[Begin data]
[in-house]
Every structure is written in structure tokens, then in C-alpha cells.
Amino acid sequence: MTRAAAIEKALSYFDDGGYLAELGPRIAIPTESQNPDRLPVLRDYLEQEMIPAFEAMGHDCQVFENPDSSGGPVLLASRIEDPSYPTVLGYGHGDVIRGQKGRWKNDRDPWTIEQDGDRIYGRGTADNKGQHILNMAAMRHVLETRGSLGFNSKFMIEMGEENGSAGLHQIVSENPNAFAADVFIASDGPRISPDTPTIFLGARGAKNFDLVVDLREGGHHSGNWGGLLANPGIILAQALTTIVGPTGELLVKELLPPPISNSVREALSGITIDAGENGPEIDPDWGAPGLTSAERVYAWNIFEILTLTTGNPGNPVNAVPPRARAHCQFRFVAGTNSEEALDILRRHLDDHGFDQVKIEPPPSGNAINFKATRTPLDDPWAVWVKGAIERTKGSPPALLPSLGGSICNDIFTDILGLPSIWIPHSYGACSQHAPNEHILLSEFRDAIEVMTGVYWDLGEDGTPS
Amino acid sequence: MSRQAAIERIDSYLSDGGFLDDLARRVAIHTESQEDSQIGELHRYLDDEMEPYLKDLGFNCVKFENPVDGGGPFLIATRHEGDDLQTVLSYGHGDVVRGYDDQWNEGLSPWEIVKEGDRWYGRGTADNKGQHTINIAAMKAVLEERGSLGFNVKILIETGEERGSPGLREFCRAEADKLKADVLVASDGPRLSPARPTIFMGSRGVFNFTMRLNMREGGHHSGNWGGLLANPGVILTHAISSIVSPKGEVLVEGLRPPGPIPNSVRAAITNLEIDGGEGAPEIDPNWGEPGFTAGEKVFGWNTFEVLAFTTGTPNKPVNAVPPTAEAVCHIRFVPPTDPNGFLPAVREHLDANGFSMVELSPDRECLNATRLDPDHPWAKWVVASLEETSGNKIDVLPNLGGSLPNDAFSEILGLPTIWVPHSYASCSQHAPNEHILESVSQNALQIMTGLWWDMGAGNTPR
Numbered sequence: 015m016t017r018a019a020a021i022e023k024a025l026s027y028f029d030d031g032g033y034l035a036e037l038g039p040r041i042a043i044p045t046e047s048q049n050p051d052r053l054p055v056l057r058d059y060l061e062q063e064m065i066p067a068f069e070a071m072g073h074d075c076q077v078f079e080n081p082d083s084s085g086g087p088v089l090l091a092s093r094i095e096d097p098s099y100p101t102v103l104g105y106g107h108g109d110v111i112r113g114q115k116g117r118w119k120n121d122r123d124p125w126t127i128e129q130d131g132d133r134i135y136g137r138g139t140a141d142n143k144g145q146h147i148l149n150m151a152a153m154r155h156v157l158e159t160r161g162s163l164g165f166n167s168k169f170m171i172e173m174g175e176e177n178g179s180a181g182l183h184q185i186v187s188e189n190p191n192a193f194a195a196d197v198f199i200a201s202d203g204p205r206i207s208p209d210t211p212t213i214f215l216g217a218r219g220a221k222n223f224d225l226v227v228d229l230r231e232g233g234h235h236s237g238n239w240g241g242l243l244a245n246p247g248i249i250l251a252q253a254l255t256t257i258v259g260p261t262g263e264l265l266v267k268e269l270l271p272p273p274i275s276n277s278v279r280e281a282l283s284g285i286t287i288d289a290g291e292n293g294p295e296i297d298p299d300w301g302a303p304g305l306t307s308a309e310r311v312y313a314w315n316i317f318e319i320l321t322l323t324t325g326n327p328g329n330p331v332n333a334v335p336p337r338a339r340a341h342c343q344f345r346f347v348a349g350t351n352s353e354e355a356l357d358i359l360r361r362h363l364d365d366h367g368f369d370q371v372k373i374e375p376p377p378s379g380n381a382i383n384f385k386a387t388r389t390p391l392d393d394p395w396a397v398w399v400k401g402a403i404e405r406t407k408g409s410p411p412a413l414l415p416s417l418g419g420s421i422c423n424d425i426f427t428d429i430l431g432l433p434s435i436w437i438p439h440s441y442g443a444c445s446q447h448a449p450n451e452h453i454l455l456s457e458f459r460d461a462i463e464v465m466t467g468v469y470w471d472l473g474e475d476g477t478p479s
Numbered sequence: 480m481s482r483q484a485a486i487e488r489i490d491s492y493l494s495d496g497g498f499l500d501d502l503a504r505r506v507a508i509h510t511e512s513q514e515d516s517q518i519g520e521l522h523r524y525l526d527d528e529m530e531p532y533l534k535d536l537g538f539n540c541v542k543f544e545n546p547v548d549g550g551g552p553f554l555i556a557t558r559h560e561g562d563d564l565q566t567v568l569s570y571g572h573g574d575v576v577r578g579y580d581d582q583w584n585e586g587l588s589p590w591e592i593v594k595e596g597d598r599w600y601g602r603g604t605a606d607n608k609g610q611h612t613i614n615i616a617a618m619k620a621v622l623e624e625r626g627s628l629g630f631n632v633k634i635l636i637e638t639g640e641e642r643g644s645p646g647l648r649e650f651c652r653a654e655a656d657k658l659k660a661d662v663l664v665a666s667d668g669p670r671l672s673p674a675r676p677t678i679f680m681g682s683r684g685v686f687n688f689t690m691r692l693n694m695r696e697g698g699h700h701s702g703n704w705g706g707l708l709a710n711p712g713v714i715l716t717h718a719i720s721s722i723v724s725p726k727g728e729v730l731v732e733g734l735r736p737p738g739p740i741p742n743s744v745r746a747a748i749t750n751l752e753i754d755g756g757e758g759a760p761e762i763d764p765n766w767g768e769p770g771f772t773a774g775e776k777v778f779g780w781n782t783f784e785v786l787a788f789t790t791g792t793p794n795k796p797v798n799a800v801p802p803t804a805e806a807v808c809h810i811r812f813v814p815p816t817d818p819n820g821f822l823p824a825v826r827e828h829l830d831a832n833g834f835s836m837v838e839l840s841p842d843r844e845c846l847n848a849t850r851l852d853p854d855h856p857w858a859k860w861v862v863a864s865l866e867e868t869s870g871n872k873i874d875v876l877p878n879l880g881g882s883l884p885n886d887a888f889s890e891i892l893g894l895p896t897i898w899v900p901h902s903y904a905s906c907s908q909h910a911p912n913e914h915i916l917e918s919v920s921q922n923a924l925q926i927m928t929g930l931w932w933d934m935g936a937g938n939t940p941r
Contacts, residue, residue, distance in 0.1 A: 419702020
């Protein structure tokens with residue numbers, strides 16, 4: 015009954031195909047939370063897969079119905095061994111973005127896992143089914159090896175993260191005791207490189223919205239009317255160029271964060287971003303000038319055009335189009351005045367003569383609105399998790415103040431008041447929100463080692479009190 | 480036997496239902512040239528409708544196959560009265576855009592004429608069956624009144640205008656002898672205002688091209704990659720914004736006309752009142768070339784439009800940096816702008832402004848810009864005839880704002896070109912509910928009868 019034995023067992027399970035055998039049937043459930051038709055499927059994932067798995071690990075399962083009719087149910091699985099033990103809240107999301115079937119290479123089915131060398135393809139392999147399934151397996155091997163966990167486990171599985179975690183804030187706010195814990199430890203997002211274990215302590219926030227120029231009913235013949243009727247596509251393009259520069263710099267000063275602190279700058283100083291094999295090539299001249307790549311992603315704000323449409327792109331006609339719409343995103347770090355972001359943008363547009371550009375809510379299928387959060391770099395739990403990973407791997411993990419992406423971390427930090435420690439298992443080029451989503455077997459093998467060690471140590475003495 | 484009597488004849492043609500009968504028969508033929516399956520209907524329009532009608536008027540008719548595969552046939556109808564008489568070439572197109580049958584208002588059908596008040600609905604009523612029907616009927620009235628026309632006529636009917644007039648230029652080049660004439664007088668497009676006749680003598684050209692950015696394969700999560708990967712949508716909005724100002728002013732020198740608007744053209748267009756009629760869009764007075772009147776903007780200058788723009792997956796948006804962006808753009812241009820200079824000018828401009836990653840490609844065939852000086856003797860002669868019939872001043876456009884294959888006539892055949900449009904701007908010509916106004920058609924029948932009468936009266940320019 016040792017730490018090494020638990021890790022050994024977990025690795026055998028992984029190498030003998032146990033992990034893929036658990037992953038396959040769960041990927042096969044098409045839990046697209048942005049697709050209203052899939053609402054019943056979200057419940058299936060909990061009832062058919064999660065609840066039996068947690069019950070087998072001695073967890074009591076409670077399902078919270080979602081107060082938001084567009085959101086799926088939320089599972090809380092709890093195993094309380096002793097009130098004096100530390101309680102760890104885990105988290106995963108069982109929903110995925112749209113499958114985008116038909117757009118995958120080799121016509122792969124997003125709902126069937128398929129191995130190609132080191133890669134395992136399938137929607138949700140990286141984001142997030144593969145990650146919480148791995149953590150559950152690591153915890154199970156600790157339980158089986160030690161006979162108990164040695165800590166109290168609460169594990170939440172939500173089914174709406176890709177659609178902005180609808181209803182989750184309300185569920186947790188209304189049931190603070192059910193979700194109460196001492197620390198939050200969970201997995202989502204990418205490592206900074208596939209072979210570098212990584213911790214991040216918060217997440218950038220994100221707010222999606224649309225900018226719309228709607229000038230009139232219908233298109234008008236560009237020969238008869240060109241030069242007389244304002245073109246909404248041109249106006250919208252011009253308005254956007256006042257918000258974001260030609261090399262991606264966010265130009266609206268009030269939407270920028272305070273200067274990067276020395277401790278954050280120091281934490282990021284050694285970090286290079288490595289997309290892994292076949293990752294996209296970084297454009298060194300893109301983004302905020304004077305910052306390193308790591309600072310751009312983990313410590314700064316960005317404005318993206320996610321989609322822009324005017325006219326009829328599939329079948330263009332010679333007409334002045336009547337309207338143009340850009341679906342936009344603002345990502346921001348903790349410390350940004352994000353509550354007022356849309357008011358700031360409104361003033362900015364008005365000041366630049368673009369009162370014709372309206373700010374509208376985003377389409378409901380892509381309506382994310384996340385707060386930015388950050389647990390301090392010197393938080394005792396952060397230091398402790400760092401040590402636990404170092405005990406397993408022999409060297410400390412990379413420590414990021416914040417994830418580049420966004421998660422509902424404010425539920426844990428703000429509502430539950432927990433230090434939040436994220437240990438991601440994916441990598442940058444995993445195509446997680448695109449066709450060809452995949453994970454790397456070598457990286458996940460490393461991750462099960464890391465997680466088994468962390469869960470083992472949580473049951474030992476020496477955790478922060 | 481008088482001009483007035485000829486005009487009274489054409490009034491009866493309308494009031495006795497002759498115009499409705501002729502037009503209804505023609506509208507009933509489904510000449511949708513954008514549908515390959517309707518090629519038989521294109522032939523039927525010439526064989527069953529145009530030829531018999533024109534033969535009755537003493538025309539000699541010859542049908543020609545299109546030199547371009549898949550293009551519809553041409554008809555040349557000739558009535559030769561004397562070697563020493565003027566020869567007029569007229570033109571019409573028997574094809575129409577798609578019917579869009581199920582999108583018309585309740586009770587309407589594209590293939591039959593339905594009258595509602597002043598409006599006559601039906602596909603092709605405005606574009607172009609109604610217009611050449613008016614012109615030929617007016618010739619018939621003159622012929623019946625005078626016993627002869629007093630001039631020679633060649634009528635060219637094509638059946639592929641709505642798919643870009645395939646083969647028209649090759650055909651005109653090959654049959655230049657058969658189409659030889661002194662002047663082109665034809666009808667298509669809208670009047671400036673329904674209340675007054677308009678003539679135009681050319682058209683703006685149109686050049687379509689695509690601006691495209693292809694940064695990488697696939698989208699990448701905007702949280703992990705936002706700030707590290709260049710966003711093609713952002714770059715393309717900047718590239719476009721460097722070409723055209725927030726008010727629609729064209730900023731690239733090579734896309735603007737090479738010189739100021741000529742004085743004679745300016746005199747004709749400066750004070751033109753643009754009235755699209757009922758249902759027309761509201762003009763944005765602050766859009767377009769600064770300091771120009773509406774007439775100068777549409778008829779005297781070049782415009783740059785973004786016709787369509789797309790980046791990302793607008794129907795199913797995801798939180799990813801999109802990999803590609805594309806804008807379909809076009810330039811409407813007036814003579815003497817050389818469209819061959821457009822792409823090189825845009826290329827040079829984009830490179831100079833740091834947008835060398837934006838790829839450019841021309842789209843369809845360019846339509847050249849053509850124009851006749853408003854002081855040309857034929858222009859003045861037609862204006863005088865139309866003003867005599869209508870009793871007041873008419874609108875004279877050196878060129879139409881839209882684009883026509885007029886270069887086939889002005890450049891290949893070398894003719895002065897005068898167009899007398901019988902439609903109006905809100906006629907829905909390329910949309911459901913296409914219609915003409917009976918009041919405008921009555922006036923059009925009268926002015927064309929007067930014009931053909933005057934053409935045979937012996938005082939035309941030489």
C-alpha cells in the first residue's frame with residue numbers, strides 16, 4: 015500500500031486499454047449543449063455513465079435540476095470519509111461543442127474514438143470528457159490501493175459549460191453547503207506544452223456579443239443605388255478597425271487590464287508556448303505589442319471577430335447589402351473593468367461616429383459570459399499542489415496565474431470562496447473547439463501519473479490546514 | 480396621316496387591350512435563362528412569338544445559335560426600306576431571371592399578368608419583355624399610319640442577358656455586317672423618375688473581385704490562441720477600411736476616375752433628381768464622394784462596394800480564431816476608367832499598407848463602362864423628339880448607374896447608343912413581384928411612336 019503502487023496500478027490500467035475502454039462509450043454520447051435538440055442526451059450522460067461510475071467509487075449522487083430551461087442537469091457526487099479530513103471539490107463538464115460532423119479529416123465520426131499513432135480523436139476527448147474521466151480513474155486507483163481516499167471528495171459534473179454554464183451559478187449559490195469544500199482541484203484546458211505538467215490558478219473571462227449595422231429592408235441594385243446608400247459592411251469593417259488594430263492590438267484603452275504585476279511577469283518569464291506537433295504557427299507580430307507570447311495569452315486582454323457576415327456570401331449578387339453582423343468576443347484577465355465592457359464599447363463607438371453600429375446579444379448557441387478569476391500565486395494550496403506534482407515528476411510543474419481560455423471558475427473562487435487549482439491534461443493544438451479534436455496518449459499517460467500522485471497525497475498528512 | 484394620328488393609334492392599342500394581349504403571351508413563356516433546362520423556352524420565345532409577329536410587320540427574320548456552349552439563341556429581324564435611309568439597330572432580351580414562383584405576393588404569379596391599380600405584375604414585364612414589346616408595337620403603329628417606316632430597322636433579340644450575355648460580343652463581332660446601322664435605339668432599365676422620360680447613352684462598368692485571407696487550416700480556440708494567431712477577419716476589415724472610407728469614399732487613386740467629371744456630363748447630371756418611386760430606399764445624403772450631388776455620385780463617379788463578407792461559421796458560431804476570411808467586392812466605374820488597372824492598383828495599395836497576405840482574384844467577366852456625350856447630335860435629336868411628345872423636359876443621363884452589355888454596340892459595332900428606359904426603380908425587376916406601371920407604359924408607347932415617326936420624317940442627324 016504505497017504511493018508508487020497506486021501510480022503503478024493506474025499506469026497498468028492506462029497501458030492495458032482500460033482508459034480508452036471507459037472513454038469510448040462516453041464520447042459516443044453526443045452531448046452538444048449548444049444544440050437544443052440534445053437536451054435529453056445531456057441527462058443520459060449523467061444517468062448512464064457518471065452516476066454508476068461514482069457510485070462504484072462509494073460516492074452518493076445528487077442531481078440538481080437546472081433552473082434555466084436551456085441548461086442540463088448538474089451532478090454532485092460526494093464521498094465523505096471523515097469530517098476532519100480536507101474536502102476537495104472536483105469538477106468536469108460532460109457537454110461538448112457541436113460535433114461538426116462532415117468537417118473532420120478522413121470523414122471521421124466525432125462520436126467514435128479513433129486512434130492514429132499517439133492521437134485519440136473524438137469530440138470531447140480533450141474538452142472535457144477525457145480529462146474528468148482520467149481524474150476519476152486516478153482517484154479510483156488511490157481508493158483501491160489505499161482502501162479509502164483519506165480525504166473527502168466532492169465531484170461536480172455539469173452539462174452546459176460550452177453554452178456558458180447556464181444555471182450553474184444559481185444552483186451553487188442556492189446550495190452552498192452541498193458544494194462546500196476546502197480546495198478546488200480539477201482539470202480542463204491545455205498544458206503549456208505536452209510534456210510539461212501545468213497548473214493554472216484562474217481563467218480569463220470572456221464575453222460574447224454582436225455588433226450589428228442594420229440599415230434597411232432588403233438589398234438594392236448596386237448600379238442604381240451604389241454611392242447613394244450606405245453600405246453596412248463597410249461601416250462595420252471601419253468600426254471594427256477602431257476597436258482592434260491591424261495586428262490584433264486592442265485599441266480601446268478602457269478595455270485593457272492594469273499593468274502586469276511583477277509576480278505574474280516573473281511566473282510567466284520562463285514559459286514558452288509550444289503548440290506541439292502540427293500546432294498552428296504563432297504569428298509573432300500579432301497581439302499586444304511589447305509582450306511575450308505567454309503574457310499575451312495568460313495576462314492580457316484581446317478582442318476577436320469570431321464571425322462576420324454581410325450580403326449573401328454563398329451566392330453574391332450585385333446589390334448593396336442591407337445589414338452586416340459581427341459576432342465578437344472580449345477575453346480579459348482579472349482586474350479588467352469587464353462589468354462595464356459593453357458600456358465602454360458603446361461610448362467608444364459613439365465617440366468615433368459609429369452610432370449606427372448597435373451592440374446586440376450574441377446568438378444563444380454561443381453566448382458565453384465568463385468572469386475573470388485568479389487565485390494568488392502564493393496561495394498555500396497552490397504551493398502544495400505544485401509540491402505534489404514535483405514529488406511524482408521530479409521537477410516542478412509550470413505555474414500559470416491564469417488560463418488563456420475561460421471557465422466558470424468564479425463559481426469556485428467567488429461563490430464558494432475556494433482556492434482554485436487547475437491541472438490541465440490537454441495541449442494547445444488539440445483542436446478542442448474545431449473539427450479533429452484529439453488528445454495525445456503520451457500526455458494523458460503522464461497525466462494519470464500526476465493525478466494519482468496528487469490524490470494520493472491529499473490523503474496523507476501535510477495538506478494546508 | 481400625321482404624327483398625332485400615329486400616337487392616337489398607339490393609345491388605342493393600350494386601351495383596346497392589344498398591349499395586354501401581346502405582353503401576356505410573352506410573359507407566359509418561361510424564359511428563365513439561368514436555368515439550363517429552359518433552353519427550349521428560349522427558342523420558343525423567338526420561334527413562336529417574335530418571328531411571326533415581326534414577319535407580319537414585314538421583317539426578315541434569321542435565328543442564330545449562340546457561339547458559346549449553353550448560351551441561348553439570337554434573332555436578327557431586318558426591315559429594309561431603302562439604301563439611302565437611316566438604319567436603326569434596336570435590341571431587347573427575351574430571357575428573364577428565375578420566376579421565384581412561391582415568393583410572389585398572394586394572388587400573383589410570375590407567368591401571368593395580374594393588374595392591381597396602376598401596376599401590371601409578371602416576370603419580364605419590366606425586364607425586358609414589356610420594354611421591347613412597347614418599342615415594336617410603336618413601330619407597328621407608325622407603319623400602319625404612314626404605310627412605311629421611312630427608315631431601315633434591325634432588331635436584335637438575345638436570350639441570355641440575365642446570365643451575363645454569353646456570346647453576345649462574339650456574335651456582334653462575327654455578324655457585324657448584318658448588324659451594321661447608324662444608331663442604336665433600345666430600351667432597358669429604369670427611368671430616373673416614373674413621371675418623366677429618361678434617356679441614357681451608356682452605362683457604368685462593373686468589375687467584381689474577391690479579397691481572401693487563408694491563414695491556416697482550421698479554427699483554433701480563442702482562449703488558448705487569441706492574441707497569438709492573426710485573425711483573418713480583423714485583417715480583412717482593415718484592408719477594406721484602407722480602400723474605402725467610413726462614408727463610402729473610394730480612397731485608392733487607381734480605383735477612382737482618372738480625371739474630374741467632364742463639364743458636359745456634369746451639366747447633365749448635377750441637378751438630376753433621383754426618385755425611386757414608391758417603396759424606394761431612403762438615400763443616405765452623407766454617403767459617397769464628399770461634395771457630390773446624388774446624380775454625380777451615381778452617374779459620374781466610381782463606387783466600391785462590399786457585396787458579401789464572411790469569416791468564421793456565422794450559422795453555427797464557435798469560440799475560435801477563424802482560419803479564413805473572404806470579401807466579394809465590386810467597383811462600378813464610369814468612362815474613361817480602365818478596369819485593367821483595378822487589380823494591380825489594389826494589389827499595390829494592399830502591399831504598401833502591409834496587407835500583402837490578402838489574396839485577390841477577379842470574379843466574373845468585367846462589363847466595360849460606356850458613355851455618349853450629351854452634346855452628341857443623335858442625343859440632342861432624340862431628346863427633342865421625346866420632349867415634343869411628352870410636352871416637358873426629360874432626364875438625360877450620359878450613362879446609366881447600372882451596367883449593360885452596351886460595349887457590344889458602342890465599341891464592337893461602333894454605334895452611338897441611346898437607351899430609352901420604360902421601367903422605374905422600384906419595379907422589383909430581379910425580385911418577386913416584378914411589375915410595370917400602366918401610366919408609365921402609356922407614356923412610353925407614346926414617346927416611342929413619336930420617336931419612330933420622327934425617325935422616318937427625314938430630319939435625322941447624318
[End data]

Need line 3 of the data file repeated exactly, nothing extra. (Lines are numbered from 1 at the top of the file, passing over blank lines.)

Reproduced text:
Amino acid sequence: MTRAAAIEKALSYFDDGGYLAELGPRIAIPTESQNPDRLPVLRDYLEQEMIPAFEAMGHDCQVFENPDSSGGPVLLASRIEDPSYPTVLGYGHGDVIRGQKGRWKNDRDPWTIEQDGDRIYGRGTADNKGQHILNMAAMRHVLETRGSLGFNSKFMIEMGEENGSAGLHQIVSENPNAFAADVFIASDGPRISPDTPTIFLGARGAKNFDLVVDLREGGHHSGNWGGLLANPGIILAQALTTIVGPTGELLVKELLPPPISNSVREALSGITIDAGENGPEIDPDWGAPGLTSAERVYAWNIFEILTLTTGNPGNPVNAVPPRARAHCQFRFVAGTNSEEALDILRRHLDDHGFDQVKIEPPPSGNAINFKATRTPLDDPWAVWVKGAIERTKGSPPALLPSLGGSICNDIFTDILGLPSIWIPHSYGACSQHAPNEHILLSEFRDAIEVMTGVYWDLGEDGTPS